Souvenirs from Rome, Italy
Viewed as one of the greatest achievements of Roman Empire and a masterpiece of ancient engineering, the Colosseum (or Coliseum) is an amphitheatre of elliptical shape located in the heart of Rome, close to the Roman Forum. The name of the building comes from a colossal statue of Emperor Nero, later changed to resemble Apollo, the God of Sun, which was placed close to the Monument and was believed to have supra -natural powers. The Colosseum was built during the Flavian dynasty in the 1st century AD and its ruins still preserve an ancient splendor of utter magnificence; visitors can now admire this iconic landmark of the Eternal City and keep a resin fridge souvenir as a reminder.
Colosseum, a Roman Empire Masterpiece
The Colosseum was probably the most spectacular entertainment venue of the Ancient world: with an impressive capacity of 50,000 people, the Monument was a famous place for gladiator fights, public shows and games, animal hunts, executions and even plays of famous mythological scenes. The construction of the monument started in 70 AD during the reign of Emperor Vespasian and it was officially opened in 80 AD with 100 days of game during which 9,000 animals were killed. It is believed that Vespasian used the treasures confiscated by the Romans after defeating the Great Jewish Revolt. Later on, Domitian amended the original design by adding a new gallery and several tunnels for keeping animals and slaves (the so-called hypogeum). During the Middle Ages, the Colosseum was shortly re-opened to house religious ceremonies.
The Arena of Gladiator Fights and Entertainment
Throughout centuries, the construction has been affected by fire, earthquakes and stone dismantle; still it holds a symbolic place for the Catholic Church and the Pope includes the location in his Way of the Cross ceremony. The Colosseum was last used for gladiator fights in the 6th century and for hundreds of years these brutal shows aimed to win popular support by offering free entertainment for both the rich and the poor of Rome. The gladiator fights were scheduled tirelessly one after another; when needed a layer of sand was used to cover the blood so the show would go one. In the Middle Ages, the Monument was transformed into a cemetery and even a private Castle for the Frangipani family. In the 18th century, Pope Benedict XIV baptized the building and honored the memory of all Christians killed in the Colosseum.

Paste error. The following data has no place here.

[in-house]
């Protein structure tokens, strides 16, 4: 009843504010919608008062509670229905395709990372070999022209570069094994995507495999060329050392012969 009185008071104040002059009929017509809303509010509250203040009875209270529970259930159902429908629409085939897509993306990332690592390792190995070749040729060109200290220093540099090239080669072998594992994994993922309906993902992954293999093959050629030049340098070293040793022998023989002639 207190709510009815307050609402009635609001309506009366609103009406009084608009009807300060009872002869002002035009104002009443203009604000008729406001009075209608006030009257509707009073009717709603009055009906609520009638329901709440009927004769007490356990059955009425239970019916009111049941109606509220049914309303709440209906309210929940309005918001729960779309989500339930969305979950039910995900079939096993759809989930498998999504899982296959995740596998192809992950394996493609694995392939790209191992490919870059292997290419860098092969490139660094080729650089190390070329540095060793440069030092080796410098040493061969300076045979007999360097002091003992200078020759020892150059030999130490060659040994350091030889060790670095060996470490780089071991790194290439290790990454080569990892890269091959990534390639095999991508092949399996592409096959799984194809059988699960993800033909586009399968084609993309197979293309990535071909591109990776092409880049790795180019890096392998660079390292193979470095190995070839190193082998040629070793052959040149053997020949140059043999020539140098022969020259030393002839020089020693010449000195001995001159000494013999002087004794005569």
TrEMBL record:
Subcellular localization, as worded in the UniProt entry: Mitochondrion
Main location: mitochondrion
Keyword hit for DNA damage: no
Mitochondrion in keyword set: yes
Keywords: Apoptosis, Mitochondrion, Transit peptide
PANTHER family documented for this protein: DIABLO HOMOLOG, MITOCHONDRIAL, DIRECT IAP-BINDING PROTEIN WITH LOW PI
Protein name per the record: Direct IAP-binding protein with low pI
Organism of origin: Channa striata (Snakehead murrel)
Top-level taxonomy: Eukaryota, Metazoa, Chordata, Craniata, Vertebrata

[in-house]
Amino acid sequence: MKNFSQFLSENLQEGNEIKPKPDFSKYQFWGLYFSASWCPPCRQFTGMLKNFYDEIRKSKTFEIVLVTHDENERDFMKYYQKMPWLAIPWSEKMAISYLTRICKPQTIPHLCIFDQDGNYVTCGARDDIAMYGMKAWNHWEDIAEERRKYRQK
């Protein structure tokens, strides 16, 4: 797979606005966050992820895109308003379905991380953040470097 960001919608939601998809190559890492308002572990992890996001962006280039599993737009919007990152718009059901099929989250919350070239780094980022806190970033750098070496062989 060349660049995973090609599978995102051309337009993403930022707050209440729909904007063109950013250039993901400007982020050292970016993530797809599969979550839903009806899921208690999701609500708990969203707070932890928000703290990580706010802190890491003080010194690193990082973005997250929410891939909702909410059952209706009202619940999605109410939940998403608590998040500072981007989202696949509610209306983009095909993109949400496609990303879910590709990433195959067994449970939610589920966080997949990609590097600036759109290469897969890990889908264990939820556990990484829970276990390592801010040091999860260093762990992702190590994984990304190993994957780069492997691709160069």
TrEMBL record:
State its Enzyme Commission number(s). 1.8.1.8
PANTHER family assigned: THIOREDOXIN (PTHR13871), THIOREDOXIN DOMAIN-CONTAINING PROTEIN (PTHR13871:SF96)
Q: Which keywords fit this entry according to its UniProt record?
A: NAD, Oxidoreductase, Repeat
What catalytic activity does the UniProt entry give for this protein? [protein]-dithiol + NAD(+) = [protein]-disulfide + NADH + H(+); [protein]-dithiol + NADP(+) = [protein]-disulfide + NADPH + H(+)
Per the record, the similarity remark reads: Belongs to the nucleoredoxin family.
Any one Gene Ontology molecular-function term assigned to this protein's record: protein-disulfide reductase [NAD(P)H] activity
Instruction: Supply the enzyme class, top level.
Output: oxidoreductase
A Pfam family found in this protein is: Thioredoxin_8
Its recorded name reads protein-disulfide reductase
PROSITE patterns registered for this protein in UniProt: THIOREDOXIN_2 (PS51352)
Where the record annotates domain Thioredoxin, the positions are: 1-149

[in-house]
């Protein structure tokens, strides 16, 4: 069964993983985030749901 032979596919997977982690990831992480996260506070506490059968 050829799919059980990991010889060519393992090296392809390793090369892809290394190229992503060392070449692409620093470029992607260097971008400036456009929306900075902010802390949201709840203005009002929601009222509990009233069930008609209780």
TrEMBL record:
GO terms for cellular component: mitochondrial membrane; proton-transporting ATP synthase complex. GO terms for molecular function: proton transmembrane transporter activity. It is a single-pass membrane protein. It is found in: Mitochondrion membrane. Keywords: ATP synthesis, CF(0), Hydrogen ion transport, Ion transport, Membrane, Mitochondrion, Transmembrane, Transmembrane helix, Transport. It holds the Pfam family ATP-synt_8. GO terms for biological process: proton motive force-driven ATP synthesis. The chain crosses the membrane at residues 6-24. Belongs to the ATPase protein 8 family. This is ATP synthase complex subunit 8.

Restoring a Roman Symbol
The design of the Colosseum was an architectural revolution: unlike its Greek predecessors, the Monument was built as a free standing complex whose walls used cubic stones held together by iron clamps. Between the 14th and 19th century some parts of the Colosseum housed a religious order; the interior parts of the building have been damaged through the years as large amounts of wall stones were used for other constructions. Unpopular projects included Pope Sixtus V’s 16th century initiative to turn the Monument into a wool factory where Roman prostitutes could work and in 1671, the Colosseum even served as a short term bullfighting venue. Today only the Northern part of the outside wall is still standing to display the original design. It was the Catholic Church initiative to restore the Monument during the 19th century and in the 1930s Mussolini inaugurated its freshly repaired arena. A massive preservation project was initiated in 1993 to diminish the effects of pollution on the Colosseum. The monument is also used symbolically in the campaign against capital punishment: its lights turn golden whenever a death sentence is abolished around the world.